Game theory is an interesting field of mathematics.
The most famous game theory guy is John Nash.
The guy Russell Crowe played in the movie, “A Beautiful Mind.”
Nash is famous for something called the “Nash Equilibrium.”
Basically it means that both players make thier choice and neither one would benefit from deviating from their original choice.
It’s what the dude got a Nobel prize for.
Turns out that game theory can be applied in plenty of places.
Like when to have sales, how long to have sales, which kinds of things to discount.
Even when studying the preferred direction people go in when taking a free kick in soccer.
See It Everywhere
Game theory is pretty natural.
But it’s often applied in the wrong situations.
It’s called “game” theory because both people want it win.
And generally speaking, winners require losers.
But often, we assume there are going to be winners and losers when there really isn’t.
And like most things in life, things tend to play out based on our assumptions.
If you see a person walking up, and you ASSUME he’s going to be mean, and you act accordingly, that assumption will MAKE them behave meanly.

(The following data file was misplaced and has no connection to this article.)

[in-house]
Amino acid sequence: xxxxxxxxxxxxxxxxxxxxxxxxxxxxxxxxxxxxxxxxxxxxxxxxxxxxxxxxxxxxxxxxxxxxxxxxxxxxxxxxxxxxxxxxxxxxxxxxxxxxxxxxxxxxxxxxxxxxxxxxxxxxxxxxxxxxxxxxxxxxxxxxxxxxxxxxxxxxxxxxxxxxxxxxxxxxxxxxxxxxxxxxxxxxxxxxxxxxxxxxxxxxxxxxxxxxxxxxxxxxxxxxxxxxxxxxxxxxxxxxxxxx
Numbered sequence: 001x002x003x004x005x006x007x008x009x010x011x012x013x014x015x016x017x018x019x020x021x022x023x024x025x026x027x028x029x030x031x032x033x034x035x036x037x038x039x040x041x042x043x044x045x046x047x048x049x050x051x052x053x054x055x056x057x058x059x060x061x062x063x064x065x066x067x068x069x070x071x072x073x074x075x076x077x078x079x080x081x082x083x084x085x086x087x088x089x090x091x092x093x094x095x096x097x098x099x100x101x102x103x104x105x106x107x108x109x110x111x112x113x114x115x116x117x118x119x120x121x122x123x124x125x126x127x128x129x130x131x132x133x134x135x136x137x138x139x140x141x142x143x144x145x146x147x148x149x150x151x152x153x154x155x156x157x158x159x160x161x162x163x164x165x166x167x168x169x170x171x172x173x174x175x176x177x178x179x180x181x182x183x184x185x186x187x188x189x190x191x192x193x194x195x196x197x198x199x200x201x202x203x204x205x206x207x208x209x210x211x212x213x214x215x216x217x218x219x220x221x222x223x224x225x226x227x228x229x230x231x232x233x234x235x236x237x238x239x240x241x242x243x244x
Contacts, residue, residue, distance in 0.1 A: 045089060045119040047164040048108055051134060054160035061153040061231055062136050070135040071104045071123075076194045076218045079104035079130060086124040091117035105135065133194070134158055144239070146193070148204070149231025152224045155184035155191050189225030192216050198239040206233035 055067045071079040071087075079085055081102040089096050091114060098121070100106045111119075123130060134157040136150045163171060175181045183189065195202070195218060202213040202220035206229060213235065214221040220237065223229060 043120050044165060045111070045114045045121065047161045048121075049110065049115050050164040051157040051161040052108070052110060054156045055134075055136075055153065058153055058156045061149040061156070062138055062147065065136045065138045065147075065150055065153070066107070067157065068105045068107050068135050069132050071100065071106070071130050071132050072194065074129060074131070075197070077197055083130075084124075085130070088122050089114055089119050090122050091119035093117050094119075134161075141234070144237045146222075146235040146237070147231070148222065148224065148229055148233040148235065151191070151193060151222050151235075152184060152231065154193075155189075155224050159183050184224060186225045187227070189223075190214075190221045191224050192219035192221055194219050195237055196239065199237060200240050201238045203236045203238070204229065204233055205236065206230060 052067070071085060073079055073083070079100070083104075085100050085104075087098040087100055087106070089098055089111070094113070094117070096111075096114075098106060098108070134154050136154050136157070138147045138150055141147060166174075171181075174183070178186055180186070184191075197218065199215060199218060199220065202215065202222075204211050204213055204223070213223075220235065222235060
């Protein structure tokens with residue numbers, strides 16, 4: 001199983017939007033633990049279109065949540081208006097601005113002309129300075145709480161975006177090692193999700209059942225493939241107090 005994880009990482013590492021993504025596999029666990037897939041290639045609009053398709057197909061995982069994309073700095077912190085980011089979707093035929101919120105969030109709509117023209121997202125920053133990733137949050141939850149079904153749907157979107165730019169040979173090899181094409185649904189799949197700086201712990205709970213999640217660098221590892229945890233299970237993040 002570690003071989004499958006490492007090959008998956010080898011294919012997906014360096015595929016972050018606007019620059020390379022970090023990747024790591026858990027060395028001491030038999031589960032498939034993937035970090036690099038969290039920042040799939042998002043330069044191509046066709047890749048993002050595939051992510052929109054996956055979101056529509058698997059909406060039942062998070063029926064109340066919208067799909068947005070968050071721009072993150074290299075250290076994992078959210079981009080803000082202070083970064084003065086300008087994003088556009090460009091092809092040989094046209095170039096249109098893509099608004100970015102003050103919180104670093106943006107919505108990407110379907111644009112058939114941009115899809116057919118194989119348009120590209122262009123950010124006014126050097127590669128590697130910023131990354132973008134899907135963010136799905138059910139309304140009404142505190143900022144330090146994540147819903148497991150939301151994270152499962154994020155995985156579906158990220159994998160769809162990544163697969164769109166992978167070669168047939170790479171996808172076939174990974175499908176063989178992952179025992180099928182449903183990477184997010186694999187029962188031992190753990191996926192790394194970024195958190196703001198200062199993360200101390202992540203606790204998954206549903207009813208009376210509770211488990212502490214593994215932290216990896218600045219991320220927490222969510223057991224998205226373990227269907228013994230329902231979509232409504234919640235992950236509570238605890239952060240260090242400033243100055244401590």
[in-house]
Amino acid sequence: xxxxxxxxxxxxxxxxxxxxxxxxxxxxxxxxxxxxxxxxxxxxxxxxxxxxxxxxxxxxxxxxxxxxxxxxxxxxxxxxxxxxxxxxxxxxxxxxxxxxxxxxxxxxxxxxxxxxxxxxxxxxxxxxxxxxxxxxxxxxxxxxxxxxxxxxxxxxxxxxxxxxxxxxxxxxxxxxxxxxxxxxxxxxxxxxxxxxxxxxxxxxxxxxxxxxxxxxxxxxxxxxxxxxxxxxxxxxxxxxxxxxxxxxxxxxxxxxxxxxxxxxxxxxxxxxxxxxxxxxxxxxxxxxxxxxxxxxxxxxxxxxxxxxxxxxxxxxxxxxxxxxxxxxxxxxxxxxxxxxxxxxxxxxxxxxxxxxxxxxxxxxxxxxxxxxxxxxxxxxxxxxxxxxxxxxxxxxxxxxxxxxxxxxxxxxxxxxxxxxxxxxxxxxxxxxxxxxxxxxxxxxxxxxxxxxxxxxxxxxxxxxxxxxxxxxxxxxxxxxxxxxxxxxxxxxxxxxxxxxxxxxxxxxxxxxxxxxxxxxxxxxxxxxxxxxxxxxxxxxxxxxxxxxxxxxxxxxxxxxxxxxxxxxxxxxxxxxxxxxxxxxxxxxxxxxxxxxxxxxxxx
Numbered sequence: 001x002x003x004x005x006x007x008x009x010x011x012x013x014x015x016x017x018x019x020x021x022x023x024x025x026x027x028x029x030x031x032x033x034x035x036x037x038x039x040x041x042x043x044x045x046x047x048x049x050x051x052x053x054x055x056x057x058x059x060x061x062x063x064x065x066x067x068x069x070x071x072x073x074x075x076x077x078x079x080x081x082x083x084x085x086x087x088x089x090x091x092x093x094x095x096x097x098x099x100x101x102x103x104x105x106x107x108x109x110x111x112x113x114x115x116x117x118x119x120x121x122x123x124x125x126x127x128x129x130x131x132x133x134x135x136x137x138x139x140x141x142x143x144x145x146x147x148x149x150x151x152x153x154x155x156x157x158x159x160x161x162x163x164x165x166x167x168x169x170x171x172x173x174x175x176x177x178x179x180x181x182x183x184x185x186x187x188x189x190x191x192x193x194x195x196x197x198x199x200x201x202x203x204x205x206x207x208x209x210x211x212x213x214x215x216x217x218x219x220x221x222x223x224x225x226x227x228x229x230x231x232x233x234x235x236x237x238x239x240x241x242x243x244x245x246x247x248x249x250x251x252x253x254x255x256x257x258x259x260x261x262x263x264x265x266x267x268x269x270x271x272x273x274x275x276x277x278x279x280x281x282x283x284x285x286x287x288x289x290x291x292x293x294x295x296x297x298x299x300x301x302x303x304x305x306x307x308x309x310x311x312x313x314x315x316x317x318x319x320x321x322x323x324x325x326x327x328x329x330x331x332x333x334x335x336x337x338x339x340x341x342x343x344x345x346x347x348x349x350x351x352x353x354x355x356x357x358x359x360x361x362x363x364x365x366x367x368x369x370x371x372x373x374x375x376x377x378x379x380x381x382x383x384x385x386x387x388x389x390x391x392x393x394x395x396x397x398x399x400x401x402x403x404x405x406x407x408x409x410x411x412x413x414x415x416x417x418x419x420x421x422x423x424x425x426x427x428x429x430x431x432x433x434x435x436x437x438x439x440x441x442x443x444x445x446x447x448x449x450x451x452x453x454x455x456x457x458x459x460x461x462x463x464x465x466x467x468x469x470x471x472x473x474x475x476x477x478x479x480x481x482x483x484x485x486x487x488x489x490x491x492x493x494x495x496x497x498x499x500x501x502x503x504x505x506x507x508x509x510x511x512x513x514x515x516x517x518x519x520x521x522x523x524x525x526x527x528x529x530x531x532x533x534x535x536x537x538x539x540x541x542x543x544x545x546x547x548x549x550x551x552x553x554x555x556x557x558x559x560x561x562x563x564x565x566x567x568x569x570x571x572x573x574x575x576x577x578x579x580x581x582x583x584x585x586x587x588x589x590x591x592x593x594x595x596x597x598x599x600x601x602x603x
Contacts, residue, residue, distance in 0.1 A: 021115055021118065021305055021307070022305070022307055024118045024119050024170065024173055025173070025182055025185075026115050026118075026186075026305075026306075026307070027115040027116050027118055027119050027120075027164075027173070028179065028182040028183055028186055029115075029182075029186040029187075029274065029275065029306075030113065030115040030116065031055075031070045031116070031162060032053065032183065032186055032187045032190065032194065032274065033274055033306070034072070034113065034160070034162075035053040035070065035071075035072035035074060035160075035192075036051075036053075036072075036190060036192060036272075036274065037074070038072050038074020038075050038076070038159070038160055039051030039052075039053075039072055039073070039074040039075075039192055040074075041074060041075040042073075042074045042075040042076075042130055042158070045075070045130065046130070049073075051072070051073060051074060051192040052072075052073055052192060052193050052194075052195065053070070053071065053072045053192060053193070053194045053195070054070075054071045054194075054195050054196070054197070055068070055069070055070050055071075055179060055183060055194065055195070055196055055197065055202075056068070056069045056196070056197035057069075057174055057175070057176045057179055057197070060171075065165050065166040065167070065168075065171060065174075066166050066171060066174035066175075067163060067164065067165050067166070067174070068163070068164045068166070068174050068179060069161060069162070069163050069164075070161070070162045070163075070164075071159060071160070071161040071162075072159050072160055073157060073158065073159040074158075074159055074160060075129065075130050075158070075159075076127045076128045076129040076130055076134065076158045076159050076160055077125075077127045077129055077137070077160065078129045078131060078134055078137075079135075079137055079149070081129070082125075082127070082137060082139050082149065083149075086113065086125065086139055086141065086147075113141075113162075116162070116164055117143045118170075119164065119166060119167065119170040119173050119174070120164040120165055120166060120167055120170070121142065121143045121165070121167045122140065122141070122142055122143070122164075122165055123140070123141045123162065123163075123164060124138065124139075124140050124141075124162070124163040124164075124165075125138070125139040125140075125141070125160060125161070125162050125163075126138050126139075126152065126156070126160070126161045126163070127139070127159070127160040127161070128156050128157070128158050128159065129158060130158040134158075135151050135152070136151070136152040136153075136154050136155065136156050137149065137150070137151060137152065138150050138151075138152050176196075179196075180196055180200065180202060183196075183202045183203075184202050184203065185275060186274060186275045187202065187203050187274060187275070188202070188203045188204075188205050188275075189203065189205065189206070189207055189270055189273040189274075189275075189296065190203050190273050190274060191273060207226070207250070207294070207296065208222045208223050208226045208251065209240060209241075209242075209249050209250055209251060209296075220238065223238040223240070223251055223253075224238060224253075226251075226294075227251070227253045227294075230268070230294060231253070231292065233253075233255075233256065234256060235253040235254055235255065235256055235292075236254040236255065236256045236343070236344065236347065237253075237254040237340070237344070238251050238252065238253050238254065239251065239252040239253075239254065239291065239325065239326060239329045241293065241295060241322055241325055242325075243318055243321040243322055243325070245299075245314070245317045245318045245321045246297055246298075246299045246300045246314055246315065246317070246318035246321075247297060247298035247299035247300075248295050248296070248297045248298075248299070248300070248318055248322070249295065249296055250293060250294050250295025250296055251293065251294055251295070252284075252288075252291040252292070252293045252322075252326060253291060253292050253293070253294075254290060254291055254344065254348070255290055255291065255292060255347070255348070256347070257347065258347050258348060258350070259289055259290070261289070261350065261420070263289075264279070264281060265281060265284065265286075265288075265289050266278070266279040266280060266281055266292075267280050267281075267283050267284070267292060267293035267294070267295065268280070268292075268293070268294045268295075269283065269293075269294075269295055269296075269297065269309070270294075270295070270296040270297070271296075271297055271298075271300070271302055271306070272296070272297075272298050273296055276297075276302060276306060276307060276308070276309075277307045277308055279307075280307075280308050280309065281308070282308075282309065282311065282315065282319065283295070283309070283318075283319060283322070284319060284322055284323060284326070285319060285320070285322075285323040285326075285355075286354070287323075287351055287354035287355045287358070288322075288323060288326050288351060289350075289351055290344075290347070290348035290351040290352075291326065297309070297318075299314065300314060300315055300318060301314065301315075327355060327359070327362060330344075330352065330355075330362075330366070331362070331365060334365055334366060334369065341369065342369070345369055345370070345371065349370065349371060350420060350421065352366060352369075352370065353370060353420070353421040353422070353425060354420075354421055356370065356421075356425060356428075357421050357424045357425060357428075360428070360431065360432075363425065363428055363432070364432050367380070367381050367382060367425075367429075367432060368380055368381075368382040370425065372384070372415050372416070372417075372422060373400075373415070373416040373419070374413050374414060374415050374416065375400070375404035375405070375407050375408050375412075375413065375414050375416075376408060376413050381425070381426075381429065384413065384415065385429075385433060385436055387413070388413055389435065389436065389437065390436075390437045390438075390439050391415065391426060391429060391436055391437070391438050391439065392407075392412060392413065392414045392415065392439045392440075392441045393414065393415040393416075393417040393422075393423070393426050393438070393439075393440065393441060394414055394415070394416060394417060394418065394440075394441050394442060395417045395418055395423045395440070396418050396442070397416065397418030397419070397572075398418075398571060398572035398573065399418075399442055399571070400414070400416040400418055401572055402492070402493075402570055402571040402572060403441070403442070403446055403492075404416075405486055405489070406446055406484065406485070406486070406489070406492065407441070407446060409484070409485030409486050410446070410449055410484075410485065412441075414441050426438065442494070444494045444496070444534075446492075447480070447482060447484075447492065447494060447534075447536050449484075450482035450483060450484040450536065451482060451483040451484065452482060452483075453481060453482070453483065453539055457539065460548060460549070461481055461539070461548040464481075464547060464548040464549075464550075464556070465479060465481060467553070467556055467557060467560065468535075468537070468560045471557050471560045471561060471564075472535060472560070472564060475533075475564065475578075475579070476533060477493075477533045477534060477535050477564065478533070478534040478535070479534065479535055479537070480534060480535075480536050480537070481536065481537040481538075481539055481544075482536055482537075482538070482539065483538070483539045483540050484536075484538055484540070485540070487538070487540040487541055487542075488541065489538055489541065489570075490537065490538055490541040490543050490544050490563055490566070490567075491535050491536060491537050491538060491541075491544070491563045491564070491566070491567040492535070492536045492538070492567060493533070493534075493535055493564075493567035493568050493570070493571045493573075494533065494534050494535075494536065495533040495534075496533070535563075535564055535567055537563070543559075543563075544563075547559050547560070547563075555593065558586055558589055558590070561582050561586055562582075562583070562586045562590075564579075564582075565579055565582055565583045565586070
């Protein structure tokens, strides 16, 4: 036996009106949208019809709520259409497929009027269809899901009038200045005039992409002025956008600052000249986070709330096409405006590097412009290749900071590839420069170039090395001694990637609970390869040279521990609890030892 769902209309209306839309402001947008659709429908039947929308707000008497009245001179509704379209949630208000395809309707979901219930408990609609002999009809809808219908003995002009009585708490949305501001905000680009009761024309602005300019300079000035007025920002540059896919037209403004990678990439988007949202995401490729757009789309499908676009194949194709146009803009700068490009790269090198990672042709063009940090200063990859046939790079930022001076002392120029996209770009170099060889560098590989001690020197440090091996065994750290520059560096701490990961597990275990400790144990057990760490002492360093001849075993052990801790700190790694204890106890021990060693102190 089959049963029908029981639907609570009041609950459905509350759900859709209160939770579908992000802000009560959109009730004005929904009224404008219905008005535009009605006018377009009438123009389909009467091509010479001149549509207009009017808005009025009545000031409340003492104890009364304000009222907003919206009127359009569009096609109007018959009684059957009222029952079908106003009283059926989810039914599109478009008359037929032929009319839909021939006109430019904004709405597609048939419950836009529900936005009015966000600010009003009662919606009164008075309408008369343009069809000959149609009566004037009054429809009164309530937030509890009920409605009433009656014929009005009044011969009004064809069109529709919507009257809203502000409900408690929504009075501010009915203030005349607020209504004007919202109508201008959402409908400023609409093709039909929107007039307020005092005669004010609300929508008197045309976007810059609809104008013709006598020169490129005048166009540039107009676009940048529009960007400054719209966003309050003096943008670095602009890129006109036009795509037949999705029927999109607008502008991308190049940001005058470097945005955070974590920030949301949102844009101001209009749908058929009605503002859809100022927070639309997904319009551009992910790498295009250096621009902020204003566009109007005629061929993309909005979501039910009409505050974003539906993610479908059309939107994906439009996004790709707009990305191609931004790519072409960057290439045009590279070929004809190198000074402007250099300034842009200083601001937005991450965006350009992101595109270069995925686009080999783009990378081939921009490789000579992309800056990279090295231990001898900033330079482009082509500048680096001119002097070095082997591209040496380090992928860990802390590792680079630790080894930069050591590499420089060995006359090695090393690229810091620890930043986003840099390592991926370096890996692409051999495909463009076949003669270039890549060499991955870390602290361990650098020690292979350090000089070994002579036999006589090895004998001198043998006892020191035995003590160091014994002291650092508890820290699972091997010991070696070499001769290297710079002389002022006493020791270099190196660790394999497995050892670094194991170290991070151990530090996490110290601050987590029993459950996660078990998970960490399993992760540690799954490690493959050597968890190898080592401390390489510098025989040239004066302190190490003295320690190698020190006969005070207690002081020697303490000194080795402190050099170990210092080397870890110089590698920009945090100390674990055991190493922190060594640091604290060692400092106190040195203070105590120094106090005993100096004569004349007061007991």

On the other hand, if you see somebody, you want to talk to them, and you ASSUME (not hope or wish) they’ll be friendly, that will change your behavior.
Which will increase the likelihood they will actually be friendly.
Most people interact socially from a “game theory” standpoint.
High levels of social skills are even referred to as having “game.”
When you game somebody, you get them to do what you want.
But just that word “game” implies winners and losers.
That you BENEFIT at their expense.
Even one of the most famous game theory examples is called “battle of the sexes.”
Not A Fight
Even though this is referred to as a “battle” it’s really not.
Both halves of a happy couple want the same thing.
Their ultimate goal is to show up at the same place and enjoy a good time together.
But they can’t communicate.
So “they” have to “use” game theory to predict the other’s behavior and act accordingly.
The choices involve what to wear, and where to go.
One places requires casual clothing, one place requires nice clothing.
If they go to the wrong place first, they’ll go to the right place but with the wrong clothing.
But ultimately, they want to be at the same place.
So the term “battle” is not really accurate.
This is how we tend to think in social situations.
Whenever you approach somebody, we tend to think in terms of “win-lose,” or “game,” or “frame battles.”
But what happens when you ditch that thinking?
And realize that EVERYBODY enjoys having friendly conversations with friendly people?
What will this do to your social confidence?
Social Anxiety Killer
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